Richard Dutcher teaches at the Oakland Community Day School, a small alternative school “of last resort.” The school is in the Oakland Hills, in a very pretty setting except for the cyclone fencing. Half the kids have parole officers. Laurie went to their award day, where kids were recognized for being dauntless, persistent, and inquisitive, among many other characteristics. Laurie: “I had a great afternoon! The students presented science projects, danced, and performed short theatre pieces. I may be teaching belly dancing there next year.”

Professor Rebecca Jennison is both a model and an active participant in the Women of Japan project. You can see her picture (soaking in the hot tub) here. Becky spoke at Womens’ World 2005 in Seoul, Korea. She spoke about Women of Japan and showed slides. Between this presentation and Jill Lee’s work, Women of Japan reached both China and Korea. Several other women involved in the Women of Japan project also presented.

Virgins and Anorexics

Amanda at Pandagon writes about the Rolling Stone article on the “new chastity,” which got us to thinking about people who take pride in denying their bodies.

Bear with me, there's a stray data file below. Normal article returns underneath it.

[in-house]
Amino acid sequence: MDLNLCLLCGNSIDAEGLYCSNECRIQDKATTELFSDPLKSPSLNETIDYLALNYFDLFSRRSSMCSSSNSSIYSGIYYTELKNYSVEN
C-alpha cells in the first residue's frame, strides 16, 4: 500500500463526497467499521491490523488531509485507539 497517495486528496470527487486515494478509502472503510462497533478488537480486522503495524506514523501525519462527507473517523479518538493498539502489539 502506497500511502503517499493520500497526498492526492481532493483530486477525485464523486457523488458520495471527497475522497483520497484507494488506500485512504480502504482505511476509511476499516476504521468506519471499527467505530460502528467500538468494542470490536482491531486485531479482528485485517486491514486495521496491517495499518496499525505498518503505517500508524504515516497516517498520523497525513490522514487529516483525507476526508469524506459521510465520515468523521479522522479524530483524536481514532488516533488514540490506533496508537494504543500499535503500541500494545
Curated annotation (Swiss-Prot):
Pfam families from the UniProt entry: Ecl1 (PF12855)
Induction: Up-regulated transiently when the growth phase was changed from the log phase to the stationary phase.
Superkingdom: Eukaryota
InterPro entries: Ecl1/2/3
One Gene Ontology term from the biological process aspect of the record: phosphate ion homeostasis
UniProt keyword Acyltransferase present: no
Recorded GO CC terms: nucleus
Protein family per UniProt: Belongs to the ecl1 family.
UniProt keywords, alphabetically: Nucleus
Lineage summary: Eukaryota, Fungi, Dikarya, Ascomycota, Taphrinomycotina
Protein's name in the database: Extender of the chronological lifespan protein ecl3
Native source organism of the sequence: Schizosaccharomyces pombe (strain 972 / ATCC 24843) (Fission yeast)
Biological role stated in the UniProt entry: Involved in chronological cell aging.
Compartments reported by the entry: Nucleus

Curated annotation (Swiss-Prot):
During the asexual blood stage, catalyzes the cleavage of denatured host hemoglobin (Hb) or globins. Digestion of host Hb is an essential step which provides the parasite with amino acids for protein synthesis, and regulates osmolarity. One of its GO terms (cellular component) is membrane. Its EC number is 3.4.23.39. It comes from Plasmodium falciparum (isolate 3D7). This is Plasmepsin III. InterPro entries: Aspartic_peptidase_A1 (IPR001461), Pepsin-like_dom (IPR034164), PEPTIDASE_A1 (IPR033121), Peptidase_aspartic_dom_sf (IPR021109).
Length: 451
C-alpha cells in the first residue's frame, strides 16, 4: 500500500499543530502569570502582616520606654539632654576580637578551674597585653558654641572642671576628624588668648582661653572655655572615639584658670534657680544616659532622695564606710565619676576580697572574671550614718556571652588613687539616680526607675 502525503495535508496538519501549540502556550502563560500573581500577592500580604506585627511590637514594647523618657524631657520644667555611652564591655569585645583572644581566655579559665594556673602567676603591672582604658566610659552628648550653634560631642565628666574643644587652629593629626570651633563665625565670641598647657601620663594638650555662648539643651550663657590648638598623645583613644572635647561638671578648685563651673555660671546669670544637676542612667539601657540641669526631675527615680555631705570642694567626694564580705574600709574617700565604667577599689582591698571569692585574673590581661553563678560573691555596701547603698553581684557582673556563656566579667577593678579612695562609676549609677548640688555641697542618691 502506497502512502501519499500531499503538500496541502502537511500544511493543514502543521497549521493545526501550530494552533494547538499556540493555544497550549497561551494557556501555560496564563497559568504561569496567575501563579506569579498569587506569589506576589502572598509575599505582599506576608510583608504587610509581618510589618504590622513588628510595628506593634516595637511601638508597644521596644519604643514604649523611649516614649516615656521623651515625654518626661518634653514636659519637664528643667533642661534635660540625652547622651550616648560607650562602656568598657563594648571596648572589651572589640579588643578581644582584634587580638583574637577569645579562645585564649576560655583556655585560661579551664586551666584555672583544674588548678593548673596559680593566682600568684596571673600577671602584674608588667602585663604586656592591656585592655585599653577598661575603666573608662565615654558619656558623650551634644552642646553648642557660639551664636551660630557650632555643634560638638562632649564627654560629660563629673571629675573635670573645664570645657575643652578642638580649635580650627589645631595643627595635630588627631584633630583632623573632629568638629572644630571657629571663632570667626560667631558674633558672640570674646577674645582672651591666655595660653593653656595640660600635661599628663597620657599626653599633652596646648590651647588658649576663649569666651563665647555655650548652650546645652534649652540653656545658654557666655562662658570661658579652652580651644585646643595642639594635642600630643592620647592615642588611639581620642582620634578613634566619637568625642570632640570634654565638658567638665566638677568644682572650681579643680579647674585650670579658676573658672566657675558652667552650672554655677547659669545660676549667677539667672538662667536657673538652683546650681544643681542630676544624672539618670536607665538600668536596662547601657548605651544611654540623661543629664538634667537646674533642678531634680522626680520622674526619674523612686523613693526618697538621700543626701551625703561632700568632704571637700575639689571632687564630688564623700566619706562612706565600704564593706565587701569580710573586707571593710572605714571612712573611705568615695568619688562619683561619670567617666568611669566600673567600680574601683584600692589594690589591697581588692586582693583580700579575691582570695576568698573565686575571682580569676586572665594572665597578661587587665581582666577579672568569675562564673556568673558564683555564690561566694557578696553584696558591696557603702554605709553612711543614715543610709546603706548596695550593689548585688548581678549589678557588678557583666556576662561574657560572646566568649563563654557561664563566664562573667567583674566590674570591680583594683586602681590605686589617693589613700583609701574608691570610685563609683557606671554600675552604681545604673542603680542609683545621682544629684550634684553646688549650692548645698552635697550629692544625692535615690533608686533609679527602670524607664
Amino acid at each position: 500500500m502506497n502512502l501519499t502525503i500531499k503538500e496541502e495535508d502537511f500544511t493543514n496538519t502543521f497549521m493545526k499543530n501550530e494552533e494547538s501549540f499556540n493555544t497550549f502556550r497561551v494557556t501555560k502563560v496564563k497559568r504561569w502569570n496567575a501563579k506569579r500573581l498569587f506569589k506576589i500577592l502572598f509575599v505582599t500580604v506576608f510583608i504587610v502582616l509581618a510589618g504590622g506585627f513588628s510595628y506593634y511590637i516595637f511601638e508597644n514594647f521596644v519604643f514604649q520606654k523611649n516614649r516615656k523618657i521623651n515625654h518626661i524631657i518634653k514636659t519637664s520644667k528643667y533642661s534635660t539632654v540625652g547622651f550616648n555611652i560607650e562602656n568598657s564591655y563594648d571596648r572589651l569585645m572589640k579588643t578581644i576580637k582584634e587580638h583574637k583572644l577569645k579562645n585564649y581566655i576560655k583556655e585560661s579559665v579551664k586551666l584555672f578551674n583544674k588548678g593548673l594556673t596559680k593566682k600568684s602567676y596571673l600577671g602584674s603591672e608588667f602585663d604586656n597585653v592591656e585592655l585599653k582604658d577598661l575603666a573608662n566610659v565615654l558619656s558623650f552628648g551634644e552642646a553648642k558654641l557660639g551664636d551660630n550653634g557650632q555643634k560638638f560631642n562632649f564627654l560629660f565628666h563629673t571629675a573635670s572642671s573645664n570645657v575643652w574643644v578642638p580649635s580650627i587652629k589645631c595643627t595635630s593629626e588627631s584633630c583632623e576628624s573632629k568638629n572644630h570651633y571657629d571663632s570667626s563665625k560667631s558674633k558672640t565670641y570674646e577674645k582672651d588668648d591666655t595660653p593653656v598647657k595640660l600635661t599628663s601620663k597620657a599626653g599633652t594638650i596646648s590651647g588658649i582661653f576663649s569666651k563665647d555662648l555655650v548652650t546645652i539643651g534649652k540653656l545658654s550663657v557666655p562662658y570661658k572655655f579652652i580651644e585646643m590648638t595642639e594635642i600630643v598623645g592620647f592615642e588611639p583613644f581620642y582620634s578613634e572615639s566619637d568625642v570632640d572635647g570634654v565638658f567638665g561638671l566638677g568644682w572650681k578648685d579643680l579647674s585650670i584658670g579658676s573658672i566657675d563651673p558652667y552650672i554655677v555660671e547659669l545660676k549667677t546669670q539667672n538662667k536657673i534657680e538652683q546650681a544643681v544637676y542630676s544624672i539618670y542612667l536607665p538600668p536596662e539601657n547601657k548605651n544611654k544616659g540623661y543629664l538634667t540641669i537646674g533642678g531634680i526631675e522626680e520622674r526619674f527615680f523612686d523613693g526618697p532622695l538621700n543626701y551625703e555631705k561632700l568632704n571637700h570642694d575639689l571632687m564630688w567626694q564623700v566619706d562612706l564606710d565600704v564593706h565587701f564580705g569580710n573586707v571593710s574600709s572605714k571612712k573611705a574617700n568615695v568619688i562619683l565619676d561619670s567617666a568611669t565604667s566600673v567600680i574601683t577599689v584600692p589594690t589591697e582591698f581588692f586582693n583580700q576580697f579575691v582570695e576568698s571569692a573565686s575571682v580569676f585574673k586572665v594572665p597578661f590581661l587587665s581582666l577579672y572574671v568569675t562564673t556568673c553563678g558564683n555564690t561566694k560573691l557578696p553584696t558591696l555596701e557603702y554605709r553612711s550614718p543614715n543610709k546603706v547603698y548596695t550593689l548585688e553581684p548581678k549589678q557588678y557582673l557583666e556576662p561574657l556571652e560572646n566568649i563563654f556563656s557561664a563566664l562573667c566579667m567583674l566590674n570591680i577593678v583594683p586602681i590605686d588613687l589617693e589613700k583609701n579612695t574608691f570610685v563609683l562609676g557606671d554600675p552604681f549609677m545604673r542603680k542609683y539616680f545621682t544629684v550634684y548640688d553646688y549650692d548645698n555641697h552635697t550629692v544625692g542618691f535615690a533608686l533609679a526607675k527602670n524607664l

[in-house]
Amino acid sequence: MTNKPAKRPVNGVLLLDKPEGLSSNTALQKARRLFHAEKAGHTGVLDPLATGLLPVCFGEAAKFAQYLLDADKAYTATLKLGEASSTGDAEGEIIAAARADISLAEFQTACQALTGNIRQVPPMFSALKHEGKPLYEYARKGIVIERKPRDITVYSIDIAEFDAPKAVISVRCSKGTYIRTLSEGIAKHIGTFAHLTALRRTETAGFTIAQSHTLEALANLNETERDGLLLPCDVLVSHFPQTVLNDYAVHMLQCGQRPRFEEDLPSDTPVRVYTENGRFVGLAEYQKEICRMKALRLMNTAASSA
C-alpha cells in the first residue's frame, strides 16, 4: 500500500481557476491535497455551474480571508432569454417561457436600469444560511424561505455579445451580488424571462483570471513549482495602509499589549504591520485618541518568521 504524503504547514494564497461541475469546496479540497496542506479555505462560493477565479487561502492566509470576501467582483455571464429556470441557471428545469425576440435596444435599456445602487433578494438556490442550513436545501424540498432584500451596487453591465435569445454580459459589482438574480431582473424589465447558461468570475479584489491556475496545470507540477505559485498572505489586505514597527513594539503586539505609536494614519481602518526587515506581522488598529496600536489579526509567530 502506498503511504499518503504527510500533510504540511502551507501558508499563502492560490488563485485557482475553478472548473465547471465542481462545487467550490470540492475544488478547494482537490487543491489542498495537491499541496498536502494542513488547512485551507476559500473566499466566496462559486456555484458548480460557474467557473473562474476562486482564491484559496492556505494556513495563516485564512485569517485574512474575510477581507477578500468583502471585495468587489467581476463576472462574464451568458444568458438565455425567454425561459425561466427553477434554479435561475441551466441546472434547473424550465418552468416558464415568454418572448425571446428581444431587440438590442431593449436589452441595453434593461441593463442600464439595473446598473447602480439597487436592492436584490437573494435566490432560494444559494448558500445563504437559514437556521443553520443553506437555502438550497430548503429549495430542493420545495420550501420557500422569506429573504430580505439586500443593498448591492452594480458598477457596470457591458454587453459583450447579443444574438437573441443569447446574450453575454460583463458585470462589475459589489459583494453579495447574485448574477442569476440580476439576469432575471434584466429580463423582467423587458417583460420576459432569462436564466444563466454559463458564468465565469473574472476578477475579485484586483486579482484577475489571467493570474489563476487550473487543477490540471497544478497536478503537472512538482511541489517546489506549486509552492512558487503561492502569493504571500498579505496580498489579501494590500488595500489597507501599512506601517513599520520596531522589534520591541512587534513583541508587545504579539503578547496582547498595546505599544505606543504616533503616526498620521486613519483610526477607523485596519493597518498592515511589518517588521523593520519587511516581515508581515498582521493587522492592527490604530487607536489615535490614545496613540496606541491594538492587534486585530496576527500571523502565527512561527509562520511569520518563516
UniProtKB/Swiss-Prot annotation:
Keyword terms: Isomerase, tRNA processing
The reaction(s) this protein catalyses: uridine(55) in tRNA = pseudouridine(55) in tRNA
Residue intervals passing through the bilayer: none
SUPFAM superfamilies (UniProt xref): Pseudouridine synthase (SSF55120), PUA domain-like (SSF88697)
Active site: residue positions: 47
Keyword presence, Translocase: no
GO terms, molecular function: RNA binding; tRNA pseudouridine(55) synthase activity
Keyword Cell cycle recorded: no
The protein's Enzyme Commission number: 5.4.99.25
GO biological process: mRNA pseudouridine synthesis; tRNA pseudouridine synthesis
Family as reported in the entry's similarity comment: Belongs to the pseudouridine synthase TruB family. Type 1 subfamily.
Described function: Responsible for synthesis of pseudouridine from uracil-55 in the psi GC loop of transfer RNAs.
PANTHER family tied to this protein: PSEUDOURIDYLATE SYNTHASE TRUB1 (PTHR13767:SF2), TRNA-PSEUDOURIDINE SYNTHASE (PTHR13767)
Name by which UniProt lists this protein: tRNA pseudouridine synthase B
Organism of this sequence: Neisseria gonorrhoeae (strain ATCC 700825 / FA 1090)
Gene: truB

In fact, the distinct impression I got from this article is that the virginity crowd contextualizes sex in much the same way that anorexics and other people with eating disorders contextualize food and weight control. It’s all about the body disgust, especially disgust for the female body and an irrational belief that self-denial will somehow help a person rise above his/her physical self. … I find it telling that these virgins stick together and compete to see if they can find new, interesting ways to up the ante of self-denial and advertise their success. It strongly reminds me of how anorexics stick together and compete to see who can eat the least and lose the most weight.

Amanda is onto something here and, as always, it’s more complicated than it looks. Both anorexia and this determined sexual abstinence share a tone of “Look what I can choose not to do!” with other behaviors such as extreme dieting. These behaviors also all relate to obsessive controlling the body and to bonding with peers while excluding oneself from the larger society.